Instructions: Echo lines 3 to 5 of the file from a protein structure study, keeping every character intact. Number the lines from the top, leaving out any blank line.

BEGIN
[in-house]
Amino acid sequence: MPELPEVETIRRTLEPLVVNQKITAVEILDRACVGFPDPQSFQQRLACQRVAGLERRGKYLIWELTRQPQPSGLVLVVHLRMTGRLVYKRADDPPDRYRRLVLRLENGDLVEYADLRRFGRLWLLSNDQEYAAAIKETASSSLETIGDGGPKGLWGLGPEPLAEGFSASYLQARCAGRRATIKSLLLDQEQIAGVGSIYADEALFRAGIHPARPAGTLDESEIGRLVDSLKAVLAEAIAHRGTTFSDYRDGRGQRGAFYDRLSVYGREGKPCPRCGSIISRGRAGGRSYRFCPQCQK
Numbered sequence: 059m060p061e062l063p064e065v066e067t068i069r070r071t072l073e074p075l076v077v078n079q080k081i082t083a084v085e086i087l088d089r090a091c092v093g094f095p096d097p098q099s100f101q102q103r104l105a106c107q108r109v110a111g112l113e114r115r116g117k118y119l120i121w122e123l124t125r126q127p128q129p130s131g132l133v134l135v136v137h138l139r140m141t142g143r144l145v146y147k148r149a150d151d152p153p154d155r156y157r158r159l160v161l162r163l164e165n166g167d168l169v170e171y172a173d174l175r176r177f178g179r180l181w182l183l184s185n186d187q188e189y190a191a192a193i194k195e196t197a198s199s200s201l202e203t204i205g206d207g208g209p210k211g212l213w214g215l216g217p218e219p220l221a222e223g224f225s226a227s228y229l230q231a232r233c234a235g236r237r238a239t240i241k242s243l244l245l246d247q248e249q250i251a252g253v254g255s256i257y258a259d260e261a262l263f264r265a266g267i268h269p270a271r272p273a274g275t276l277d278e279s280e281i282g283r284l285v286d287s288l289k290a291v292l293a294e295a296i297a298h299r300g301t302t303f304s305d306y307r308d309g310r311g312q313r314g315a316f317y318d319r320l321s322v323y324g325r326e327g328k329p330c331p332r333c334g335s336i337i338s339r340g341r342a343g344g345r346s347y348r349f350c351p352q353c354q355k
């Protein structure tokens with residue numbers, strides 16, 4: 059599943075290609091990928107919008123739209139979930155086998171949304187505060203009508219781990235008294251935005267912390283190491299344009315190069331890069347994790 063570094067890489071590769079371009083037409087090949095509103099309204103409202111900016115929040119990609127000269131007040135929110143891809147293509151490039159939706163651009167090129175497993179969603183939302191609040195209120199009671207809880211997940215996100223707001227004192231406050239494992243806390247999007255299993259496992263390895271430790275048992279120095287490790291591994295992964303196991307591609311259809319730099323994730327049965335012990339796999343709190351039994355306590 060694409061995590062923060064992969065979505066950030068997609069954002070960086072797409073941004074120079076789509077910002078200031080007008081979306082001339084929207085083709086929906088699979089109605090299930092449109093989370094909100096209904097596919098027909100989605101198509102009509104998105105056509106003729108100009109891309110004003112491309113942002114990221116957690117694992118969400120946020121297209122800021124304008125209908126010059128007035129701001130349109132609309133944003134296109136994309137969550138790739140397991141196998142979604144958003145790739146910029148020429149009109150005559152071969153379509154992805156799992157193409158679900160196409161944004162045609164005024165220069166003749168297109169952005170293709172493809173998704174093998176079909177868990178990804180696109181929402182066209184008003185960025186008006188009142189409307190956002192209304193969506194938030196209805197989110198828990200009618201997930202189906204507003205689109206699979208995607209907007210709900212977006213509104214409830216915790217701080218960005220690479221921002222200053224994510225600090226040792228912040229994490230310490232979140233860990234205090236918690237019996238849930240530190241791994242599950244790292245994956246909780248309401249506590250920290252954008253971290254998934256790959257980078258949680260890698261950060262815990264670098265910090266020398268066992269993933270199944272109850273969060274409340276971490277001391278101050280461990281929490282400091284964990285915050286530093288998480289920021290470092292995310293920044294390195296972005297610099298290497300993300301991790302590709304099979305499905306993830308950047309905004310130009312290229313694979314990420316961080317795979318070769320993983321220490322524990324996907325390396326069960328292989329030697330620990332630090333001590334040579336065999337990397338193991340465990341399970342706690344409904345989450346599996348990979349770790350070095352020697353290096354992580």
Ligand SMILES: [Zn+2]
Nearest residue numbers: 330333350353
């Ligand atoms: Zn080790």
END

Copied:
Numbered sequence: 059m060p061e062l063p064e065v066e067t068i069r070r071t072l073e074p075l076v077v078n079q080k081i082t083a084v085e086i087l088d089r090a091c092v093g094f095p096d097p098q099s100f101q102q103r104l105a106c107q108r109v110a111g112l113e114r115r116g117k118y119l120i121w122e123l124t125r126q127p128q129p130s131g132l133v134l135v136v137h138l139r140m141t142g143r144l145v146y147k148r149a150d151d152p153p154d155r156y157r158r159l160v161l162r163l164e165n166g167d168l169v170e171y172a173d174l175r176r177f178g179r180l181w182l183l184s185n186d187q188e189y190a191a192a193i194k195e196t197a198s199s200s201l202e203t204i205g206d207g208g209p210k211g212l213w214g215l216g217p218e219p220l221a222e223g224f225s226a227s228y229l230q231a232r233c234a235g236r237r238a239t240i241k242s243l244l245l246d247q248e249q250i251a252g253v254g255s256i257y258a259d260e261a262l263f264r265a266g267i268h269p270a271r272p273a274g275t276l277d278e279s280e281i282g283r284l285v286d287s288l289k290a291v292l293a294e295a296i297a298h299r300g301t302t303f304s305d306y307r308d309g310r311g312q313r314g315a316f317y318d319r320l321s322v323y324g325r326e327g328k329p330c331p332r333c334g335s336i337i338s339r340g341r342a343g344g345r346s347y348r349f350c351p352q353c354q355k
């Protein structure tokens with residue numbers, strides 16, 4: 059599943075290609091990928107919008123739209139979930155086998171949304187505060203009508219781990235008294251935005267912390283190491299344009315190069331890069347994790 063570094067890489071590769079371009083037409087090949095509103099309204103409202111900016115929040119990609127000269131007040135929110143891809147293509151490039159939706163651009167090129175497993179969603183939302191609040195209120199009671207809880211997940215996100223707001227004192231406050239494992243806390247999007255299993259496992263390895271430790275048992279120095287490790291591994295992964303196991307591609311259809319730099323994730327049965335012990339796999343709190351039994355306590 060694409061995590062923060064992969065979505066950030068997609069954002070960086072797409073941004074120079076789509077910002078200031080007008081979306082001339084929207085083709086929906088699979089109605090299930092449109093989370094909100096209904097596919098027909100989605101198509102009509104998105105056509106003729108100009109891309110004003112491309113942002114990221116957690117694992118969400120946020121297209122800021124304008125209908126010059128007035129701001130349109132609309133944003134296109136994309137969550138790739140397991141196998142979604144958003145790739146910029148020429149009109150005559152071969153379509154992805156799992157193409158679900160196409161944004162045609164005024165220069166003749168297109169952005170293709172493809173998704174093998176079909177868990178990804180696109181929402182066209184008003185960025186008006188009142189409307190956002192209304193969506194938030196209805197989110198828990200009618201997930202189906204507003205689109206699979208995607209907007210709900212977006213509104214409830216915790217701080218960005220690479221921002222200053224994510225600090226040792228912040229994490230310490232979140233860990234205090236918690237019996238849930240530190241791994242599950244790292245994956246909780248309401249506590250920290252954008253971290254998934256790959257980078258949680260890698261950060262815990264670098265910090266020398268066992269993933270199944272109850273969060274409340276971490277001391278101050280461990281929490282400091284964990285915050286530093288998480289920021290470092292995310293920044294390195296972005297610099298290497300993300301991790302590709304099979305499905306993830308950047309905004310130009312290229313694979314990420316961080317795979318070769320993983321220490322524990324996907325390396326069960328292989329030697330620990332630090333001590334040579336065999337990397338193991340465990341399970342706690344409904345989450346599996348990979349770790350070095352020697353290096354992580």
Ligand SMILES: [Zn+2]